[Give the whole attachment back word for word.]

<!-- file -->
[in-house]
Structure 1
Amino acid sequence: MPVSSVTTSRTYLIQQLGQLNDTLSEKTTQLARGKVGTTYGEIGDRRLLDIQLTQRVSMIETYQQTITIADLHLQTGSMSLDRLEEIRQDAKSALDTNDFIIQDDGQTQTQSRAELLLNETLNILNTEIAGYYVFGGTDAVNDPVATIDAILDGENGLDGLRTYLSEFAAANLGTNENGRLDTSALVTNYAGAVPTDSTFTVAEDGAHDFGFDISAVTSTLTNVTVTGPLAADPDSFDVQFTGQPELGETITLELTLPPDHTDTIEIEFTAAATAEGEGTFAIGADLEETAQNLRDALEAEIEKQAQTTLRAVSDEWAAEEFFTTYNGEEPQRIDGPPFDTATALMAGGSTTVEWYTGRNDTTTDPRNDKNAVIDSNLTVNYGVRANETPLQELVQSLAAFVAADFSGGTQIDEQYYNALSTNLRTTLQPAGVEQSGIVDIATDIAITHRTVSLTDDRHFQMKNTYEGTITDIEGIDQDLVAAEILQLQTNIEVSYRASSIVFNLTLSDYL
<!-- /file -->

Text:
[in-house]
Structure 1
Amino acid sequence: MPVSSVTTSRTYLIQQLGQLNDTLSEKTTQLARGKVGTTYGEIGDRRLLDIQLTQRVSMIETYQQTITIADLHLQTGSMSLDRLEEIRQDAKSALDTNDFIIQDDGQTQTQSRAELLLNETLNILNTEIAGYYVFGGTDAVNDPVATIDAILDGENGLDGLRTYLSEFAAANLGTNENGRLDTSALVTNYAGAVPTDSTFTVAEDGAHDFGFDISAVTSTLTNVTVTGPLAADPDSFDVQFTGQPELGETITLELTLPPDHTDTIEIEFTAAATAEGEGTFAIGADLEETAQNLRDALEAEIEKQAQTTLRAVSDEWAAEEFFTTYNGEEPQRIDGPPFDTATALMAGGSTTVEWYTGRNDTTTDPRNDKNAVIDSNLTVNYGVRANETPLQELVQSLAAFVAADFSGGTQIDEQYYNALSTNLRTTLQPAGVEQSGIVDIATDIAITHRTVSLTDDRHFQMKNTYEGTITDIEGIDQDLVAAEILQLQTNIEVSYRASSIVFNLTLSDYL